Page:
The Florida Department of Education is working overtime to “set the record straight” about recent results of the validity study of the Florida Standards Assessment, saying some people have misinterpreted the study’s results.
Earlier this month, Utah-based Alpine Testing Solutions and Washington D.C.-based edCount concluded the FSA was a valid tool for measuring student achievement in Florida; the results have become the center of controversy.
In response, the department sent out an email Thursday attempting to dispel misinterpretations about the study’s results. The email follows several phone calls from the department to Sunshine State News, in which staff members attempted to explain specific portions of the study results.
Critics of the results honed in on several parts of the report which said the department did not fully review all items of the FSA. Alpine Testing recommended phasing out some of the test’s content because it aligned to Utah standards and was left in the FSA.
“While alignment to Florida standards was confirmed for the majority of items reviewed via the item review study, many were not confirmed, usually because these items focused on slightly different content within the same anchor standards,” they wrote. “It would be more appropriate to phase out the items originally developed for use in Utah and replace them with items written to specifically target the Florida standards.”
FDOE said for all but three out of the 386 total items, external reviewers identified connection to a standard that appeared on the Florida test blueprints, which define test content.
“This affirms that the FSA accurately measures students’ knowledge of Florida's content standards,” read the department’s email.
FDOE also disputed claims that the FSA wasn’t suitable for Florida students because it was originally written with Utah-based education standards in mind, saying all items were reviewed for appropriateness to Florida standards.
The study was the center of the Senate Education Pre-K-12 Committee, which met Thursday afternoon.
Representatives from both Alphine and edCount came to explain the results and answer questions from state lawmakers on exactly how they reached their conclusions.
Sen. Bill Montford, D-Tallahassee, called the department’s email saying people had misinterpreted the results “offensive.”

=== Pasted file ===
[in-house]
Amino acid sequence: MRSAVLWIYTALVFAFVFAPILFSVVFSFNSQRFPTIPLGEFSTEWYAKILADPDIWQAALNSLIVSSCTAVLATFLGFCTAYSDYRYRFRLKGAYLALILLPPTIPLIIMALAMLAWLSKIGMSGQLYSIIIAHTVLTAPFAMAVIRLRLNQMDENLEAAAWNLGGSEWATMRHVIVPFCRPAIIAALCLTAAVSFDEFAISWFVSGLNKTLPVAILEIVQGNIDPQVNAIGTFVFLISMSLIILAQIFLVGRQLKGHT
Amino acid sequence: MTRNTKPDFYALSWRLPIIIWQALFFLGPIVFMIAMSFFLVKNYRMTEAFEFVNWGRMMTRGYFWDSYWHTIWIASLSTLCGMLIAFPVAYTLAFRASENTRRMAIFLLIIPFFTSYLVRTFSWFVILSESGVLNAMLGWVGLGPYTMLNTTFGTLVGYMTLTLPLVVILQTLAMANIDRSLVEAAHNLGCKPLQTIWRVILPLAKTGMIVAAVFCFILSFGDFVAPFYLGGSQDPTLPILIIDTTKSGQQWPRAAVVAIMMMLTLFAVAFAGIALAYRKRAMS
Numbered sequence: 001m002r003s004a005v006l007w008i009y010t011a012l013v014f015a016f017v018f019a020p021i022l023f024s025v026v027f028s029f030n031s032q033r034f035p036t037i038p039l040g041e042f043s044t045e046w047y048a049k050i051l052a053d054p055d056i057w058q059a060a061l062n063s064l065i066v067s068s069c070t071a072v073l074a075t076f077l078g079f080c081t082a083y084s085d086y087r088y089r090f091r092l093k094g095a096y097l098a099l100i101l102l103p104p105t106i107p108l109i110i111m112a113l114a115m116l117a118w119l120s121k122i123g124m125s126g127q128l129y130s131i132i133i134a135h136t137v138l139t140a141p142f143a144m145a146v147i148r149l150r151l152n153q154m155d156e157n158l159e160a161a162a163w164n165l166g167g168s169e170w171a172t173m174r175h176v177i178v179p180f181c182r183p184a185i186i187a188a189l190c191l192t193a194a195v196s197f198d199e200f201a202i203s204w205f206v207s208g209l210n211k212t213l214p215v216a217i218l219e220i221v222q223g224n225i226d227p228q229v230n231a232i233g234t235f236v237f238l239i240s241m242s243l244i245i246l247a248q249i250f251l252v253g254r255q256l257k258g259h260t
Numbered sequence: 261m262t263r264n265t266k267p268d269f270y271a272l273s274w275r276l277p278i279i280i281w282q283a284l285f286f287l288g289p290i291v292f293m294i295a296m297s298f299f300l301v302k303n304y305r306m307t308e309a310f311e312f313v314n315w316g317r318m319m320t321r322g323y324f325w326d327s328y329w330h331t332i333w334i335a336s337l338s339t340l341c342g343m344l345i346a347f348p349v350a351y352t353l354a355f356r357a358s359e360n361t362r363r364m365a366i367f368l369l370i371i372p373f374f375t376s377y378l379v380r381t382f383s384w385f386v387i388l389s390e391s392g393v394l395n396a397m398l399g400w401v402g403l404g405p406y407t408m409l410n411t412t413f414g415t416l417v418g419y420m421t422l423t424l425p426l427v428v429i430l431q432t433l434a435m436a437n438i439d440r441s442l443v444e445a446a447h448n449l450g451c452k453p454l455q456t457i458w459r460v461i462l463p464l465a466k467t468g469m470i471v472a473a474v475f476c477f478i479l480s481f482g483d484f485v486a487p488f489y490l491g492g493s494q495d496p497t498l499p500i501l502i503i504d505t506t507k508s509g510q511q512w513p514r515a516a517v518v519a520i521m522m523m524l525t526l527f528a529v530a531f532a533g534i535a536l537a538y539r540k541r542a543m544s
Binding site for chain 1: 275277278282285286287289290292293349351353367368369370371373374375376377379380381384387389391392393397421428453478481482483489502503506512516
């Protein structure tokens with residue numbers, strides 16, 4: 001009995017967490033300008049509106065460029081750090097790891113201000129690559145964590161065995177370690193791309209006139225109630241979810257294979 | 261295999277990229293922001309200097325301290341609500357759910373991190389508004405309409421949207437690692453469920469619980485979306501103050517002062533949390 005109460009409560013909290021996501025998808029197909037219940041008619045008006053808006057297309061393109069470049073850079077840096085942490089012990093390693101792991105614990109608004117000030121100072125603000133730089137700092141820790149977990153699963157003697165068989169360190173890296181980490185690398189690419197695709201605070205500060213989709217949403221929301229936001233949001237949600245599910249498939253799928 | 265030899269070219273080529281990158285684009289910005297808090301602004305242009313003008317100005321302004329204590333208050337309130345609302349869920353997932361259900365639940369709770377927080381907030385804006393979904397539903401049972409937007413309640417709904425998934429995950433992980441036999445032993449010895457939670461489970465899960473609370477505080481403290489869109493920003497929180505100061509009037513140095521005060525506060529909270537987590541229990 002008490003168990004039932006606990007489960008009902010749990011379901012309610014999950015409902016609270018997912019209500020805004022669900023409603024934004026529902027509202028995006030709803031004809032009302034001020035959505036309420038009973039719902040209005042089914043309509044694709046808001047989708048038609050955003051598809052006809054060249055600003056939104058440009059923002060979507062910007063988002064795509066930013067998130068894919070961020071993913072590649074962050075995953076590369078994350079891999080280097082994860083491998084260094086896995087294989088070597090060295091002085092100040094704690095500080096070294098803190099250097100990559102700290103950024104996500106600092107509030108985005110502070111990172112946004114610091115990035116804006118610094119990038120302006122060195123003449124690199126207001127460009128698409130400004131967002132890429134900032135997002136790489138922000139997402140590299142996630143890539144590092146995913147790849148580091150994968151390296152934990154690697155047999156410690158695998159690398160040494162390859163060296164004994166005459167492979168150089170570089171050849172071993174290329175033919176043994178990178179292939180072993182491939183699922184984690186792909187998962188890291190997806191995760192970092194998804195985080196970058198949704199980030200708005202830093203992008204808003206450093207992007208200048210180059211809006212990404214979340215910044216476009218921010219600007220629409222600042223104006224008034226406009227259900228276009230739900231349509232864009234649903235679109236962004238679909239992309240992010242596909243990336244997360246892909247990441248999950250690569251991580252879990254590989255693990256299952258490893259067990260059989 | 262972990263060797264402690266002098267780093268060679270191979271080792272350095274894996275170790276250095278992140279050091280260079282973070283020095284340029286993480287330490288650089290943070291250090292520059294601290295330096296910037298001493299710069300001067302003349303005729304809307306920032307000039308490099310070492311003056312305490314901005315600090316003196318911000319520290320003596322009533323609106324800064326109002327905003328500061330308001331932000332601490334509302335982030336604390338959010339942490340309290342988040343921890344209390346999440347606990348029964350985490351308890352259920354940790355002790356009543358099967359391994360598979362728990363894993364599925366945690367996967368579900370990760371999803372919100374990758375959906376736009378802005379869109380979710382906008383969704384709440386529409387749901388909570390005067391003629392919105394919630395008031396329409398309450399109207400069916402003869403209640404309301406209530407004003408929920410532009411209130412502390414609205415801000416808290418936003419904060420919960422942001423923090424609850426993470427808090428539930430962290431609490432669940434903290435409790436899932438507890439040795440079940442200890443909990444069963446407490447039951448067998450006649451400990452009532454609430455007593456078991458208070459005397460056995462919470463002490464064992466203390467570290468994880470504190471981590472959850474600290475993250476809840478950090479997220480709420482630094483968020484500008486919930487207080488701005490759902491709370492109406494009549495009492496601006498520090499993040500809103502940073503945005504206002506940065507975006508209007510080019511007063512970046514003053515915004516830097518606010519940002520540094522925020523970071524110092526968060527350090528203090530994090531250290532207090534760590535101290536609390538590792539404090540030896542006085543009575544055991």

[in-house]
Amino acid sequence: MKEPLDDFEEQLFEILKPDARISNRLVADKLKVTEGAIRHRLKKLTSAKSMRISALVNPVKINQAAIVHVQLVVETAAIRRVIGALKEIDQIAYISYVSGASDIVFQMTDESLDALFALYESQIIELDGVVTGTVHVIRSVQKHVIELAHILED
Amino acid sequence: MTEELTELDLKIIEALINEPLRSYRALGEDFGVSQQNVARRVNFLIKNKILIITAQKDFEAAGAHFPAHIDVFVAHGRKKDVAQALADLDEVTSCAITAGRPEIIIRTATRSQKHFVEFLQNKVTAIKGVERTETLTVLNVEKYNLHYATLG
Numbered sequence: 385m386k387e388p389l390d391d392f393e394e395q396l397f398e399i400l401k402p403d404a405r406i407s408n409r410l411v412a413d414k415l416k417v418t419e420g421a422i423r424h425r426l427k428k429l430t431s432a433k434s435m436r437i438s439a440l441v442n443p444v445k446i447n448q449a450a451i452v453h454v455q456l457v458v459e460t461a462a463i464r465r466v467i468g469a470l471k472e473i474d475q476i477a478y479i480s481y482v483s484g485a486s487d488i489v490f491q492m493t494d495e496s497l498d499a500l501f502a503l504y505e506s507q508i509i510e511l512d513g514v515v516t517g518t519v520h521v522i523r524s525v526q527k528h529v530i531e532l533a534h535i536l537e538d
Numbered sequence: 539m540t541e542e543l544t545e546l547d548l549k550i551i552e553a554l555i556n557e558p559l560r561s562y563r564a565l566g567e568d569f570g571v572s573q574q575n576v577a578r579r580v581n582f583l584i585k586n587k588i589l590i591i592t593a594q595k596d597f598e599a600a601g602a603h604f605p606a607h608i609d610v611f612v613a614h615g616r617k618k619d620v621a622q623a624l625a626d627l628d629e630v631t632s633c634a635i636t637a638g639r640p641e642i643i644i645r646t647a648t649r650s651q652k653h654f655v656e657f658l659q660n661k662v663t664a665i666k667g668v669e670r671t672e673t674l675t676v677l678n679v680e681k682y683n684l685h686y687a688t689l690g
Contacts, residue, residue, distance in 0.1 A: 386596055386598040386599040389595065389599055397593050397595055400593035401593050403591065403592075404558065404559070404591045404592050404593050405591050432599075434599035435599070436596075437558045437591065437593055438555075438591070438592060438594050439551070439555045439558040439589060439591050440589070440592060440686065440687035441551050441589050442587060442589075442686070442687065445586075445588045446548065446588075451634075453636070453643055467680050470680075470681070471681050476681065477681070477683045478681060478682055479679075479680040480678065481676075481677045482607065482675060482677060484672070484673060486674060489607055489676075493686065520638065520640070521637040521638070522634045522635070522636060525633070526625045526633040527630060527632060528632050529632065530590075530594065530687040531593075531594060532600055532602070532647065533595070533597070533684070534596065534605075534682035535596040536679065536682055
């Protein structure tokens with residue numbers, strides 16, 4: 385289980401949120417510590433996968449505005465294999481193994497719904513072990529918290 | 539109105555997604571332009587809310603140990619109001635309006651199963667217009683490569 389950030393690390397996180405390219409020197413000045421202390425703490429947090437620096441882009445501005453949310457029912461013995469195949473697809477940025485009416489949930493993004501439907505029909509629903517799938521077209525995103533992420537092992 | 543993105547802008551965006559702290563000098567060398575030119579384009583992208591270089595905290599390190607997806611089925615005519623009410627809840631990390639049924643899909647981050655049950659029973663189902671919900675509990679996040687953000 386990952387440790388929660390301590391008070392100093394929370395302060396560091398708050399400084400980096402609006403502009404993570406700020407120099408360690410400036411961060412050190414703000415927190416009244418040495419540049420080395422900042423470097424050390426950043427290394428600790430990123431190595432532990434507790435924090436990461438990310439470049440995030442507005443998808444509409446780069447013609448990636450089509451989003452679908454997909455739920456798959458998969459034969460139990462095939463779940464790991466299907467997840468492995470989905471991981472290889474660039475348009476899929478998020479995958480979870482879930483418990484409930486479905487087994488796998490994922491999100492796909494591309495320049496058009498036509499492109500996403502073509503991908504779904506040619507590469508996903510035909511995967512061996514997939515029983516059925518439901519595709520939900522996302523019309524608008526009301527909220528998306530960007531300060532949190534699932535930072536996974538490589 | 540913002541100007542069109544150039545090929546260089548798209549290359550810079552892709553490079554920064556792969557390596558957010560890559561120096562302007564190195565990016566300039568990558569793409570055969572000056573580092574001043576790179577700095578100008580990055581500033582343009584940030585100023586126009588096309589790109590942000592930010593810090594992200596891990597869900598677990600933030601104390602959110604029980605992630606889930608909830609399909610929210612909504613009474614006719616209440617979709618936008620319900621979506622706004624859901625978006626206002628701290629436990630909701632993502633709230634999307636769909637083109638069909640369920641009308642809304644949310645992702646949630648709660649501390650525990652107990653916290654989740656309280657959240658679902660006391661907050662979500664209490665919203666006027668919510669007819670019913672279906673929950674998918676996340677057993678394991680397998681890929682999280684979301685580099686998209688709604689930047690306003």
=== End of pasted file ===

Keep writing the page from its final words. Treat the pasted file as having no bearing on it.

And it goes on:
“At the risk of one more time saying that the superintendents ... or staff ... have misrepresented the fact, it seems like you may even have some questions too about the report itself," he said.
Senators had many questions for Alpine’s Andrew Wylie, who said the companies were put on a strict timetable to complete the study since it had to be completed in a three-month timeframe.
“There was a very aggressive timeline set at the beginning of the process,” Wylie said.
Wylie admitted that although Alpine had done validity testing before, the testing company had never reviewed a statewide assessment.
Ultimately, Wylie said the results seemed to indicate the test was still on par with Florida standards.
“While the review process was not ideal ... it still was consistent with the test standards,” he said. “Content-wise, I think the content matches the standards at an appropriate level.”
Wylie admitted, however, there was “rigorous debate” on the study’s results.
“This was not an easy decision,” he said.
Commissioner Pam Stewart said the department looked over two drafts of Alpine's study and briefly reviewed the final results around 5 p.m. Aug. 31, the day before the study results were released. While department officials didn't have any specific influence over the study's conclusions, the department did request to improve some aspects of the document, which was done via telephone.
See the DOE’s “claim check” email here.
Reach Allison Nielsen by email at firstname.lastname@example.org